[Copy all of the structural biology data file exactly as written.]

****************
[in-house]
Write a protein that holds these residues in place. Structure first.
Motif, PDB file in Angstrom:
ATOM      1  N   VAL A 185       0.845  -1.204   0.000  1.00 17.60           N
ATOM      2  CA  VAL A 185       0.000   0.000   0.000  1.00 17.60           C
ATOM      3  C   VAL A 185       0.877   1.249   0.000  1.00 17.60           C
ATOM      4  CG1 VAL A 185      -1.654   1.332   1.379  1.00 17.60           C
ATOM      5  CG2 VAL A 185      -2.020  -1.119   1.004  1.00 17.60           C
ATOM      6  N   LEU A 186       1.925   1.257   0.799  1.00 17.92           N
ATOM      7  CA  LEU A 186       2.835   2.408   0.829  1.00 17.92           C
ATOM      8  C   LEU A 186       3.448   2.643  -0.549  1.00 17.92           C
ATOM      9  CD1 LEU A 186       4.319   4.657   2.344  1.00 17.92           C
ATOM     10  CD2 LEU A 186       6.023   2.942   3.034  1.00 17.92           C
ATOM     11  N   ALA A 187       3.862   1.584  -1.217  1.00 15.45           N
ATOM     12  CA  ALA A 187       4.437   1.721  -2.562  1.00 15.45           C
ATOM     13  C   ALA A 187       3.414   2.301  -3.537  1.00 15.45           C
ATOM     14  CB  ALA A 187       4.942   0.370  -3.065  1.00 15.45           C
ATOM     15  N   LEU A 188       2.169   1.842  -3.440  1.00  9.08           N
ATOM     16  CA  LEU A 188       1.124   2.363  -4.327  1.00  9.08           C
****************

[in-house]
Write a protein that holds these residues in place. Structure first.
Motif, PDB file in Angstrom:
ATOM      1  N   VAL A 185       0.845  -1.204   0.000  1.00 17.60           N
ATOM      2  CA  VAL A 185       0.000   0.000   0.000  1.00 17.60           C
ATOM      3  C   VAL A 185       0.877   1.249   0.000  1.00 17.60           C
ATOM      4  CG1 VAL A 185      -1.654   1.332   1.379  1.00 17.60           C
ATOM      5  CG2 VAL A 185      -2.020  -1.119   1.004  1.00 17.60           C
ATOM      6  N   LEU A 186       1.925   1.257   0.799  1.00 17.92           N
ATOM      7  CA  LEU A 186       2.835   2.408   0.829  1.00 17.92           C
ATOM      8  C   LEU A 186       3.448   2.643  -0.549  1.00 17.92           C
ATOM      9  CD1 LEU A 186       4.319   4.657   2.344  1.00 17.92           C
ATOM     10  CD2 LEU A 186       6.023   2.942   3.034  1.00 17.92           C
ATOM     11  N   ALA A 187       3.862   1.584  -1.217  1.00 15.45           N
ATOM     12  CA  ALA A 187       4.437   1.721  -2.562  1.00 15.45           C
ATOM     13  C   ALA A 187       3.414   2.301  -3.537  1.00 15.45           C
ATOM     14  CB  ALA A 187       4.942   0.370  -3.065  1.00 15.45           C
ATOM     15  N   LEU A 188       2.169   1.842  -3.440  1.00  9.08           N
ATOM     16  CA  LEU A 188       1.124   2.363  -4.327  1.00  9.08           C